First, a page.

If you are a serious coffee drinker or if you are planning to gear up your coffee sessions by learning how to make the best morning cup of coffee, it is important you learn the basics of brewing your coffee.
Learning how to brew the perfect cup of coffee takes both time and effort, depending on the brewing method of your choice. Brewing your coffee to perfection goes beyond just the brewing process. It is also important that you have the best coffee beans possible to make the best possible coffee.
So, in this article, we will cover the following topics:
- Basics of coffee beans (“How to Prepare the Best Coffee Beans”)
- 5 Different Methods of Brewing Your Coffee
- 6 Tips That Will Teach You How To Brew the Perfect Cup of Coffee
This article will probably not be exhaustive, but, it should nevertheless give you the ropes on learning how to brew your own coffee.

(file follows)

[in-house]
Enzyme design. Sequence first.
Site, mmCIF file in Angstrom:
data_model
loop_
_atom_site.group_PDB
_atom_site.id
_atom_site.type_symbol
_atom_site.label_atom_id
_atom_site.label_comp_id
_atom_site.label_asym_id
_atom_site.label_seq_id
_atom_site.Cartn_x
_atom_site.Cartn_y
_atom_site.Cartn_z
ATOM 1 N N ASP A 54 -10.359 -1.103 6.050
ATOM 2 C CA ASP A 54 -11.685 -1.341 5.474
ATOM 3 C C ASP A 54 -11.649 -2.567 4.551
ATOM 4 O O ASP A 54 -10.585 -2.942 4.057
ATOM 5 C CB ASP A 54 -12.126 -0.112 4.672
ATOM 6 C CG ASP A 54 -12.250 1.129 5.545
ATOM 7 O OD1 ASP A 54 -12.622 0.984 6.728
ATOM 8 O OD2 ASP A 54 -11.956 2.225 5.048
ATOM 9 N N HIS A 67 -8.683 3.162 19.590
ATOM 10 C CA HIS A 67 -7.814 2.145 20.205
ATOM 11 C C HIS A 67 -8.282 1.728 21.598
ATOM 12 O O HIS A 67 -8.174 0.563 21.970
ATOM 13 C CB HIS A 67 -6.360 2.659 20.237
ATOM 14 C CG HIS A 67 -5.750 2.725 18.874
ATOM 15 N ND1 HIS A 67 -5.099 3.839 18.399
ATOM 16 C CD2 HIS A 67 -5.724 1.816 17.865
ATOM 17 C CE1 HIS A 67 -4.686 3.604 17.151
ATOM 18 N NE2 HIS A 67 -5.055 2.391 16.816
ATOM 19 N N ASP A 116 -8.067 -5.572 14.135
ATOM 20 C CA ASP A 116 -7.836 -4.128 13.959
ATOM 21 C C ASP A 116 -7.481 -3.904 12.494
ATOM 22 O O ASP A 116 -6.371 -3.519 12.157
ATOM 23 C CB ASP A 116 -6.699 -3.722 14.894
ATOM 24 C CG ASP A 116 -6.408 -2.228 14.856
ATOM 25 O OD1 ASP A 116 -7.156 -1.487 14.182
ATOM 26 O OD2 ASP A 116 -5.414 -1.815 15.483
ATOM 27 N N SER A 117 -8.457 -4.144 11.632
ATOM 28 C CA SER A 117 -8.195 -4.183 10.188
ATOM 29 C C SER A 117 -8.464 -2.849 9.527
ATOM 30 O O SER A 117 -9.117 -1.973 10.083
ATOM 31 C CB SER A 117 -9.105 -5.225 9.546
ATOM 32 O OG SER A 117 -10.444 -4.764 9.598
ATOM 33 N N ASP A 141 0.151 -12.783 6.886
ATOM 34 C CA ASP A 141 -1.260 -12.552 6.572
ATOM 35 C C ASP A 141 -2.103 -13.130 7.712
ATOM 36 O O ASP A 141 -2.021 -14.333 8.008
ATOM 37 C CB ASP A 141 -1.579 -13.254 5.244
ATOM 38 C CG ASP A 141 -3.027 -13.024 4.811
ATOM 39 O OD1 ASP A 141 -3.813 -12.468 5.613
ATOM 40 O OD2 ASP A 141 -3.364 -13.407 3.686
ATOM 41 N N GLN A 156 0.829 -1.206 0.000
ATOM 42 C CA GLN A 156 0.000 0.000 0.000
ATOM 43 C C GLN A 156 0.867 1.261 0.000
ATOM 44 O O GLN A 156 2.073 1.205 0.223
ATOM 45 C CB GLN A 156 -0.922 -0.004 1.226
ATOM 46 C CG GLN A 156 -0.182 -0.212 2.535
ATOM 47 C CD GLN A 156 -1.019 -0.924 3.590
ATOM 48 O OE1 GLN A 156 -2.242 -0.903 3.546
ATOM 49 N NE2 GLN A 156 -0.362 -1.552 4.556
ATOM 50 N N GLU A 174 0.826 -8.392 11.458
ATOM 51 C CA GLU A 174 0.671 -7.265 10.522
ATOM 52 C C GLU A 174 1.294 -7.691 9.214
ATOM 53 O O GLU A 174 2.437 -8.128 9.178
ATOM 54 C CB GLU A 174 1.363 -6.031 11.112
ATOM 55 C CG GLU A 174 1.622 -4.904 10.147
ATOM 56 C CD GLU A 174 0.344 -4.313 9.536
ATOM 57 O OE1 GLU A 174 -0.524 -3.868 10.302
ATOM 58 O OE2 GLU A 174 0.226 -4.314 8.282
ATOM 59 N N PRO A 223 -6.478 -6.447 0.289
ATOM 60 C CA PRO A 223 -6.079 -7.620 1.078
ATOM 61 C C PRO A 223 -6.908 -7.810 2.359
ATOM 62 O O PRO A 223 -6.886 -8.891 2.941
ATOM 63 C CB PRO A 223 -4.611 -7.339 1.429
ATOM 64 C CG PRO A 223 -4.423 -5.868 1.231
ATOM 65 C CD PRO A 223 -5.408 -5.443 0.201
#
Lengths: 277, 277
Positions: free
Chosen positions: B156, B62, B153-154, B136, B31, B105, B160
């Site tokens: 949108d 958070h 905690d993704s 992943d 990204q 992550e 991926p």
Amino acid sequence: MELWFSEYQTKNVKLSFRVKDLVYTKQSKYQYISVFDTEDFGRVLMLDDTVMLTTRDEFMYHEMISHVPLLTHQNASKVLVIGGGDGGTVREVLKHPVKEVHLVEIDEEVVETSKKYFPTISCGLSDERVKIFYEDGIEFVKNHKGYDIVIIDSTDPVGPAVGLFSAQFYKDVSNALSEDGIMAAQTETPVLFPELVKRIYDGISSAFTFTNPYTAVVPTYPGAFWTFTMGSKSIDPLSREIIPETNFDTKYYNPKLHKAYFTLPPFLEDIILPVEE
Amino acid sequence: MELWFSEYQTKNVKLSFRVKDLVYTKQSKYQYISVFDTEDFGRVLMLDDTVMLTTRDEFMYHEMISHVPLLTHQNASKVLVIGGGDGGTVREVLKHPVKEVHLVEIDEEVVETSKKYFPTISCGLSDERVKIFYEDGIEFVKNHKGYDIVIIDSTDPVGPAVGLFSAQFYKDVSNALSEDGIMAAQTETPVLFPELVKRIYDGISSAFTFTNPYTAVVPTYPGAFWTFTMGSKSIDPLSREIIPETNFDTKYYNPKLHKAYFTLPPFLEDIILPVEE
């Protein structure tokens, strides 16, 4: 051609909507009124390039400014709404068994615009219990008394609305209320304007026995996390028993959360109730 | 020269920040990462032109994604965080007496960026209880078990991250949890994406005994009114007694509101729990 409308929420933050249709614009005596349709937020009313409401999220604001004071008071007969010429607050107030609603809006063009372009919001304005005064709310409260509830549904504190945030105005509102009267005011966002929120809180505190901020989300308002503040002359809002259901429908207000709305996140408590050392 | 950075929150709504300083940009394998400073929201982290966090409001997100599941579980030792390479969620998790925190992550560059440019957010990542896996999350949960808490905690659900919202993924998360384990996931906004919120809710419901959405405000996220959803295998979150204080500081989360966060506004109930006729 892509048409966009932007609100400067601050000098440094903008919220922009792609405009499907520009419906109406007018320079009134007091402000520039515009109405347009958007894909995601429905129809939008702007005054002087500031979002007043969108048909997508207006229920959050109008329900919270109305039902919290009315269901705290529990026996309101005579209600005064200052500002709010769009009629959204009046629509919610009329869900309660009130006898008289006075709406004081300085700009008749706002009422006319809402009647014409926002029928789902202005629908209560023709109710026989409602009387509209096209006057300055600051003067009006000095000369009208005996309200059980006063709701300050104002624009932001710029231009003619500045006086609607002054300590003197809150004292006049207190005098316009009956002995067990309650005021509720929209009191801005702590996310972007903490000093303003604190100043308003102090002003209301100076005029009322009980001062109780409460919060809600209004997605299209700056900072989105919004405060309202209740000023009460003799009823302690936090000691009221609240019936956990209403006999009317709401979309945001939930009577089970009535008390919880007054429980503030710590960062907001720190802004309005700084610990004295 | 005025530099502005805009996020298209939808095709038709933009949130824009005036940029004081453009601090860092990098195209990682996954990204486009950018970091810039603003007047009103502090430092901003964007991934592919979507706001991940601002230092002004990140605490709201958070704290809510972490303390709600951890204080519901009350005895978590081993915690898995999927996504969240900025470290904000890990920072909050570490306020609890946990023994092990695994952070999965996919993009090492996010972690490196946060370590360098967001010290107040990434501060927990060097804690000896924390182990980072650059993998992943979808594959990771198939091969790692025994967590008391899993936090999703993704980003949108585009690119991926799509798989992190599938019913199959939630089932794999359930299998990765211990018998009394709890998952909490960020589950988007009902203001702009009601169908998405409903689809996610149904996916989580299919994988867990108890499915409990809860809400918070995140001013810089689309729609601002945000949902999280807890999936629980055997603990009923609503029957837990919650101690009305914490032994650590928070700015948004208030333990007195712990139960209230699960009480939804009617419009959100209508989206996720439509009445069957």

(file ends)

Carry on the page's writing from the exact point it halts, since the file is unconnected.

How to Prepare the Best Coffee Beans
It is very important you learn the essentials of coffee beans because it will make or break your coffee. Here are the basics you should learn about coffee beans:
· 2 main types of coffee beans (Arabica and Robusta)
· Attributes that make up a coffee bean
Arabica vs. Robusta: Which Should You Choose?
The two most common types of coffee beans being produced and sold in the world are Arabica and Robusta. Arabica comprises around 60% of global coffee production, while Robusta accounts for around 20%.
Aside from the name, the two types do have significant differences; they will even influence your brewing choice (or, your preferred brewing method will influence which coffee bean type should you use). So, it is very important to learn about their differences and where they best fit.
Arabica beans are usually characterized by a bright body, multi-layered aroma and flavor, and a moderate or satisfying amount of acidity.